Thursday, March 25, 2010

Straight out of My Own Bones: Some Thoughts on The Bell Jar

by: Jennifer Pashley

A few years ago, I outlived Sylvia Plath. And somehow, despite an aborted attempt at a PhD in American Studies, and a robust American poetry course as an undergrad, I'd read a lot of Plath's poems, but I'd never read The Bell Jar. Until this week. I read the whole thing on Monday. I haven't read an entire book in a day since high school, when I read all of The Great Gatsby in one sitting.

Why didn't I read it before? I think because no one takes it seriously. It's sort of that memoir-disguised-as-novel written specifically for college girls who cut their wrists for attention. Right?

In her introduction to the 1997 edition, Frances McCullough writes that if Sylvia Plath had lived, “it's hard to say whether … the novel would ever have been published in this country.” McCullough goes on to question what might have happened if Plath had written more novels, better novels. Would she have returned to her first novel, The Bell Jar, and thought differently? Would she have self-censored? Told less of the truth? Crafted the truth into something less raw? Something dulled at the edges, or as Wordsworth says, recollected in tranquility?

We'll never know. As McCullough says, “of course Plath did die a tragic death at the age of thirty, and the book's subsequent history has everything to do with that fact.” By which she means that Plath's suicide makes the book a cult favorite, but she also means that if Plath didn't die, the book might never have seen the light of day – because it's not very good. Right?

I was surprised. It's not the best book I've ever read. The plot – maybe because it's so true – feels predictable. The ending feels a little like a a Lifetime Movie. But, as McCullough points out, “her voice has such intensity, such a direct edge to it,” it forgives the structural flaws.

Take the opening lines:

It was a queer, sultry summer, the summer they electrocuted the Rosenbergs, and I didn't know what I was doing in New York. I'm stupid about executions. The idea of being electrocuted makes me sick, and that's all there was to read about in the papers – goggle-eyed headlines staring up at me on every street corner and at the fusty, peanut-smelling mouth of every subway. It had nothing to do with me, but I couldn't help wondering what it would be like, being burned alive along all your nerves.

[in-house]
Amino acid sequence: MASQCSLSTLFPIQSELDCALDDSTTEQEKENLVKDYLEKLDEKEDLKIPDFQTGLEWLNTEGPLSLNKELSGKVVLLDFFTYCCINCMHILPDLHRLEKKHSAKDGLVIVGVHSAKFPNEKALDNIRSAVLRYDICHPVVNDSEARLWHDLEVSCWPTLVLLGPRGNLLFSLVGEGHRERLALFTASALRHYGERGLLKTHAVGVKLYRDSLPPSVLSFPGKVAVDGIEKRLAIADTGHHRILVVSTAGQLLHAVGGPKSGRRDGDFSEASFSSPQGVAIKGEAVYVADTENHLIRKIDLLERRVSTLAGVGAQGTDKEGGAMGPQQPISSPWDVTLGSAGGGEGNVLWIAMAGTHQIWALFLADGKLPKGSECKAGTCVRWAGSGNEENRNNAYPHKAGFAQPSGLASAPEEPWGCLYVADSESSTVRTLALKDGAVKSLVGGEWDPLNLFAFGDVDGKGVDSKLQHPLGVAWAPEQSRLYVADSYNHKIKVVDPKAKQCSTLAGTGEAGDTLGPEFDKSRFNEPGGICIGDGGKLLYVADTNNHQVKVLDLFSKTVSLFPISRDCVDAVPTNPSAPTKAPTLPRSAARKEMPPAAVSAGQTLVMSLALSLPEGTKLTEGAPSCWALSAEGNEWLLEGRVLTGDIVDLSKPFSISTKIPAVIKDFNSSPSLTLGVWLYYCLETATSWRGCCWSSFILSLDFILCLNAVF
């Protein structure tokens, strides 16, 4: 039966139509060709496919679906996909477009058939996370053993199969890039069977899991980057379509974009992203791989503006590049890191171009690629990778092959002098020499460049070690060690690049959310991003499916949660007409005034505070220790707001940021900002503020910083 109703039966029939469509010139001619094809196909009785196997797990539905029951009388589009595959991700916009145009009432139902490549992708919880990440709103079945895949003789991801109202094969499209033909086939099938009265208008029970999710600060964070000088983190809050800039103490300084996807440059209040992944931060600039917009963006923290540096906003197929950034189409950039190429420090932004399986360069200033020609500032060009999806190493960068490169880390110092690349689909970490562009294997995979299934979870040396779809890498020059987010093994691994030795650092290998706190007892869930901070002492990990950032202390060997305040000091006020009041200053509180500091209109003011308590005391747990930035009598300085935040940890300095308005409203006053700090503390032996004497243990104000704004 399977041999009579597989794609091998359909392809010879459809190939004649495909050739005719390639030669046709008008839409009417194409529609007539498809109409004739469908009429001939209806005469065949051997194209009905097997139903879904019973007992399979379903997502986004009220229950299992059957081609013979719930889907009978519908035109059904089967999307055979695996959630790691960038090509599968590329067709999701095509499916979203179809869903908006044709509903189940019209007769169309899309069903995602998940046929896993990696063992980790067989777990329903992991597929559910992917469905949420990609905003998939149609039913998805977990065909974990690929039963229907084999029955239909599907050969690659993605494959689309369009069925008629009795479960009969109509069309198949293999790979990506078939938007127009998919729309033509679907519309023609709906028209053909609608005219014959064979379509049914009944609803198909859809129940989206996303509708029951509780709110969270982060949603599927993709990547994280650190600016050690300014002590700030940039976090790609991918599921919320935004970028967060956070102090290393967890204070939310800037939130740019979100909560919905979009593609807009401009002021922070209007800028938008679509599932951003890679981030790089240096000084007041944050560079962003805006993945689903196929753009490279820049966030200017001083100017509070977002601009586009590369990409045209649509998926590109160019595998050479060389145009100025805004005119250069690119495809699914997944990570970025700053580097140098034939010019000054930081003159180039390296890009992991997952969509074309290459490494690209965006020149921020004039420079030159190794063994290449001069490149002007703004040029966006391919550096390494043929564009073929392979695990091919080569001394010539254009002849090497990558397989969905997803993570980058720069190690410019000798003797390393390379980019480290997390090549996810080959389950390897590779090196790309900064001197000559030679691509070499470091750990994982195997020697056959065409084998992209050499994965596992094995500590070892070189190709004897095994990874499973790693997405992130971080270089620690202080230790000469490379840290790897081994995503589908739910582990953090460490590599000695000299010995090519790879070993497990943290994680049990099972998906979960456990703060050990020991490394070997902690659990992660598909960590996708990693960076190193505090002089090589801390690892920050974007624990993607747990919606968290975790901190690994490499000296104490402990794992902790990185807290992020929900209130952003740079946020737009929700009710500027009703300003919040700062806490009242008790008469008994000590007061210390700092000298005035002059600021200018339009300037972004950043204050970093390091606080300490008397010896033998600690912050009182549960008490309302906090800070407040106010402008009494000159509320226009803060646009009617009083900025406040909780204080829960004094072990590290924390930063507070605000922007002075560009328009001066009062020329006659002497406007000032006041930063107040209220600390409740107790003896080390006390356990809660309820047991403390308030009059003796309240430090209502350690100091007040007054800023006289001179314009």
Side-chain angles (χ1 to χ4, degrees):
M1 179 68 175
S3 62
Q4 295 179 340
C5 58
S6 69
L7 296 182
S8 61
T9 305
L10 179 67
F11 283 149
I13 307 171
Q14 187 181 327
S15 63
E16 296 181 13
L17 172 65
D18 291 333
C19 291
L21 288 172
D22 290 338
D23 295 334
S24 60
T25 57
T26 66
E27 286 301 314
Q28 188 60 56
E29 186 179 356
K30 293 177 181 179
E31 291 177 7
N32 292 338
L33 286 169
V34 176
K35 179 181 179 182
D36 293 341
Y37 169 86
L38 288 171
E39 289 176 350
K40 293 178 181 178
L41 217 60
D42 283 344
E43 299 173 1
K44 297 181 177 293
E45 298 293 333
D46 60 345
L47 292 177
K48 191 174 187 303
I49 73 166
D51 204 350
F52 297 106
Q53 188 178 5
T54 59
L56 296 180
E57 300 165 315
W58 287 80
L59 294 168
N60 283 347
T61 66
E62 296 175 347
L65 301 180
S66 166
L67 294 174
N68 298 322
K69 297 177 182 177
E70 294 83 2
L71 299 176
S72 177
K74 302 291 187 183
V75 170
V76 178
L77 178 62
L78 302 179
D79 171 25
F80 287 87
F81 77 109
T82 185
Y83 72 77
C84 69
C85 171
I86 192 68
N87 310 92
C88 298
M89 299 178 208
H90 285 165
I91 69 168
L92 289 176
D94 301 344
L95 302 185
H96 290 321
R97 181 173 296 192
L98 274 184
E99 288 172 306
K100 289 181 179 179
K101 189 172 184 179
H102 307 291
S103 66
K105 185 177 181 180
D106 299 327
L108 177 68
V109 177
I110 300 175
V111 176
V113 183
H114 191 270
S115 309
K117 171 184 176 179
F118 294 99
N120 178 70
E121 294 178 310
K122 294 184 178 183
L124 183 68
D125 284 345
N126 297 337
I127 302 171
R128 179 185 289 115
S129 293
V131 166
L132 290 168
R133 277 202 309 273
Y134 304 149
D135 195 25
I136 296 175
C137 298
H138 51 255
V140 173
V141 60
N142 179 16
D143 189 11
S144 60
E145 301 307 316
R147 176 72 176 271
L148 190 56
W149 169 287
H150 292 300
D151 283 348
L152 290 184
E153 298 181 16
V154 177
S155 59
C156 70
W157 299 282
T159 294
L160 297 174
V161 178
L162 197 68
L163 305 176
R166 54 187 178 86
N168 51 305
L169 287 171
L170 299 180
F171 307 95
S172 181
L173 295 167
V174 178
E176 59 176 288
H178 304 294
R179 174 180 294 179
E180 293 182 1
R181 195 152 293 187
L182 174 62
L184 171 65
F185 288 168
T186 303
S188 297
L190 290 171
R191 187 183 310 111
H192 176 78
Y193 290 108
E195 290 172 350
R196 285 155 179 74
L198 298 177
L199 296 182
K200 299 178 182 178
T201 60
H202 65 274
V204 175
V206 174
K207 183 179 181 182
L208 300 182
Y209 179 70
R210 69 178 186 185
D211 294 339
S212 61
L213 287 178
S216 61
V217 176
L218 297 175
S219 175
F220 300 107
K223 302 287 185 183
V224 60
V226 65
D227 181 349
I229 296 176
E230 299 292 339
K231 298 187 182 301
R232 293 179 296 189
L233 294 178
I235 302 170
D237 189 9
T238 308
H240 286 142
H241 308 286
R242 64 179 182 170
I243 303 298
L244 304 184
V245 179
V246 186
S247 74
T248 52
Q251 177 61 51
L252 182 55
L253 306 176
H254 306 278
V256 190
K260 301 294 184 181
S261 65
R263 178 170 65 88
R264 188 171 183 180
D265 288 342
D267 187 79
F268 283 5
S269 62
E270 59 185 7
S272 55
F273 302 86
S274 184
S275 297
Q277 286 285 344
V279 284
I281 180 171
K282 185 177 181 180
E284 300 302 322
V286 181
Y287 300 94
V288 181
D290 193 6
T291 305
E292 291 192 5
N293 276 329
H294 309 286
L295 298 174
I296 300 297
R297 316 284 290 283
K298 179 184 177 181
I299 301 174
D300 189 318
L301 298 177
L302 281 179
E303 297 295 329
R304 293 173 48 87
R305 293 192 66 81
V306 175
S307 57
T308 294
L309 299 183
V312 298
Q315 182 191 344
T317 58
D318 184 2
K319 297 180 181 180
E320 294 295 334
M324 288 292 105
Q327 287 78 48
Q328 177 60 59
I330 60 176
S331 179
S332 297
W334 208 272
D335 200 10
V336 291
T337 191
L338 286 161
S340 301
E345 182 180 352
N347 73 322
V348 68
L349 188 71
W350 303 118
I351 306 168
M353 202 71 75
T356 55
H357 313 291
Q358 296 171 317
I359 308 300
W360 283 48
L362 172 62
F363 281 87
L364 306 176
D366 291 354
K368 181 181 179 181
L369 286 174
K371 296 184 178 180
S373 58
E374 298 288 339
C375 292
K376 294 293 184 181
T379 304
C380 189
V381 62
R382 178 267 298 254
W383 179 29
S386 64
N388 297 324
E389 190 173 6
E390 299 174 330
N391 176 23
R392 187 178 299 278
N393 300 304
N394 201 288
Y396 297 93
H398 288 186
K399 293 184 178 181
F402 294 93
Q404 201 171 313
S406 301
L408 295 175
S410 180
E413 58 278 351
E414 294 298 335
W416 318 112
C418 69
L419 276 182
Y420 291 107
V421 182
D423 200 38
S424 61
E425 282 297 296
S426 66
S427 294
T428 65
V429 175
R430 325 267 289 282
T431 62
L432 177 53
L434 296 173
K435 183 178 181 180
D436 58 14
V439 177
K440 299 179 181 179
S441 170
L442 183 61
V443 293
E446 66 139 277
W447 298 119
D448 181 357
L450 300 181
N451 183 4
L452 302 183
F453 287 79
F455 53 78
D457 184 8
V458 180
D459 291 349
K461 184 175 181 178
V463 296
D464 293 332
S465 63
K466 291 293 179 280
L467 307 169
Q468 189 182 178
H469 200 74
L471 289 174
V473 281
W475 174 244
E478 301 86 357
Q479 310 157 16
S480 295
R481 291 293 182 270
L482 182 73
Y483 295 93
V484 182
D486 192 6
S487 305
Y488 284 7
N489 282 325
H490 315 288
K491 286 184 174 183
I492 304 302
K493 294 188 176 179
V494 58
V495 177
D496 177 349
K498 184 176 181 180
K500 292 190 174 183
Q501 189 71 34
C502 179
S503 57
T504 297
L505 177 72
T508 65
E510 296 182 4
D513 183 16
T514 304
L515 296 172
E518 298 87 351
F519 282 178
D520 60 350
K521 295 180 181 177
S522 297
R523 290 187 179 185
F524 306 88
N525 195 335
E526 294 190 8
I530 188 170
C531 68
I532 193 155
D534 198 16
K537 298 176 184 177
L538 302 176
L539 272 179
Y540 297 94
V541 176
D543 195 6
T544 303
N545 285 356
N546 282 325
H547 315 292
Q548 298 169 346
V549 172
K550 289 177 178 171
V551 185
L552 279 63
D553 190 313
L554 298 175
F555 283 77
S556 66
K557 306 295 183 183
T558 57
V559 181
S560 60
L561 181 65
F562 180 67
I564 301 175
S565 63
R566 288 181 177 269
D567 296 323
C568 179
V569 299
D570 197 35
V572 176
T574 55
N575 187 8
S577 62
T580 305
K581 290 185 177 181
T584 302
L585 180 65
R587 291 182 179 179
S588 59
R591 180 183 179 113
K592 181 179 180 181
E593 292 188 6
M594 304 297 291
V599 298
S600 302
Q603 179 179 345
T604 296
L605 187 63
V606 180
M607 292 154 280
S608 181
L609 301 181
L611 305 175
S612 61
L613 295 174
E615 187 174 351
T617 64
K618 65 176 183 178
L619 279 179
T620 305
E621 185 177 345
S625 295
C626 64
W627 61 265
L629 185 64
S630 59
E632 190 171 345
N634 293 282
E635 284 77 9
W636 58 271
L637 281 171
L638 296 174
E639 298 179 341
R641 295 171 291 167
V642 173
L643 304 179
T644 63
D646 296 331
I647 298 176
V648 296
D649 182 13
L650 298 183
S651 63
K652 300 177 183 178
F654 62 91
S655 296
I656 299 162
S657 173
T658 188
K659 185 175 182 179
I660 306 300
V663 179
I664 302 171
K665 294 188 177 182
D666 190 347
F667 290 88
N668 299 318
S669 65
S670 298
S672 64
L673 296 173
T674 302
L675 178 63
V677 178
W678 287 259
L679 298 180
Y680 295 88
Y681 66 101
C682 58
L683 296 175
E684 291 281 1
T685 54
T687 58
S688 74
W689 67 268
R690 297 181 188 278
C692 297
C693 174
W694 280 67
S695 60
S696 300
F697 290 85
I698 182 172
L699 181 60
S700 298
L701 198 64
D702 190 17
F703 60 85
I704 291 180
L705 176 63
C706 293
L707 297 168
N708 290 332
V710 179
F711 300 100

And she never lets you go. It's a close, tunnel-vision narrative, right out of the eye-sockets of Esther Greenwood. And that voice never waivers.

It's not The Kite Runner. It's not a globally significant narrative. In fact, it doesn't stray very far from the geography, class or political background that it knows. So why does it matter? Why did it ever matter? Because one college educated white girl from New England was depressed one year and wanted to get it off her chest? Wanted to drag you into the eye of the storm?

This is why: because in her marriage negotiations with Buddy Willard, Esther Greenwood stumbles upon this observation:

I also remembered Buddy Willard saying in a sinister, knowing way that after I had children I would feel differently, I wouldn't want to write poems anymore. So I began to think maybe it was true that when you were married and had children it was like being brainwashed, and afterward you went about numb as a slave in some private, totalitarian state.

That's why. Because more than anything, this book struggles with the notion of either / or. Esther can be a poet or a mother. She can be an editor or a wife. You can pick one fruit off the fig tree, she says, and once you pick one, the rest of them wither and die.

What makes it so hard? Why are women prone to second guessing? Can't you do both? Be a mother and a writer? Tell the truth, and tell it hard, unfiltered, like a holy scream*, and do it well? I'm asking you. I've second-guessed my own answer.

You can debate Plath's answer – the suicide answer – the answer No, you can't. And if you try, you won't get out alive. But what you can't ignore here are the questions that Plath asks – about agency, about identity, and about telling the truth without apologizing. Or that what she asks has resonance, regardless of her own solution: "Everything she said was like a secret voice speaking straight out of my own bones."

*from the Norton Anthology of Modern Poetry – the really old, 1972 version I have, in which Anne Sexton is listed as still living. In the intro to Sylvia Plath, the editors write “Sylvia Plath's poetry is a document of extremity. Her sensitivity is inordinate, but so is her ability to express it. The result is a holy scream, a splendid agony – beyond sex, beyond delicacy, beyond all but art.”

Jennifer Pashley has eaten a lot of figs in her day. She has new work this week at Dark Sky Magazine, as well as PANK.

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